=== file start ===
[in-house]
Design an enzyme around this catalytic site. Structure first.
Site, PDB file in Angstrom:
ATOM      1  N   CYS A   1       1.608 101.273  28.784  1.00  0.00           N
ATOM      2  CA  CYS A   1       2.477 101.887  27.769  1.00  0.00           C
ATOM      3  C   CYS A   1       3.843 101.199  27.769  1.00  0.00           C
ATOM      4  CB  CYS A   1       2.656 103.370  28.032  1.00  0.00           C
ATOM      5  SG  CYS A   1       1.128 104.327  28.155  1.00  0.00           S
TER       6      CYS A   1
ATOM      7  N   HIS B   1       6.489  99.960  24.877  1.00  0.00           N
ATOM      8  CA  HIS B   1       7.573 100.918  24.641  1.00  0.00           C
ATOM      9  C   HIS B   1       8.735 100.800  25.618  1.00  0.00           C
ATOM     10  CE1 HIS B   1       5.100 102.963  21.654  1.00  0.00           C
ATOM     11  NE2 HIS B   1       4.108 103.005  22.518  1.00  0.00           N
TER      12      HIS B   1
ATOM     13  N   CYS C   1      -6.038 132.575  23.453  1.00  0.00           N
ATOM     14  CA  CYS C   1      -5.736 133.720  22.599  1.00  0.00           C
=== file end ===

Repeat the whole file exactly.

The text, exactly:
[in-house]
Design an enzyme around this catalytic site. Structure first.
Site, PDB file in Angstrom:
ATOM      1  N   CYS A   1       1.608 101.273  28.784  1.00  0.00           N
ATOM      2  CA  CYS A   1       2.477 101.887  27.769  1.00  0.00           C
ATOM      3  C   CYS A   1       3.843 101.199  27.769  1.00  0.00           C
ATOM      4  CB  CYS A   1       2.656 103.370  28.032  1.00  0.00           C
ATOM      5  SG  CYS A   1       1.128 104.327  28.155  1.00  0.00           S
TER       6      CYS A   1
ATOM      7  N   HIS B   1       6.489  99.960  24.877  1.00  0.00           N
ATOM      8  CA  HIS B   1       7.573 100.918  24.641  1.00  0.00           C
ATOM      9  C   HIS B   1       8.735 100.800  25.618  1.00  0.00           C
ATOM     10  CE1 HIS B   1       5.100 102.963  21.654  1.00  0.00           C
ATOM     11  NE2 HIS B   1       4.108 103.005  22.518  1.00  0.00           N
TER      12      HIS B   1
ATOM     13  N   CYS C   1      -6.038 132.575  23.453  1.00  0.00           N
ATOM     14  CA  CYS C   1      -5.736 133.720  22.599  1.00  0.00           C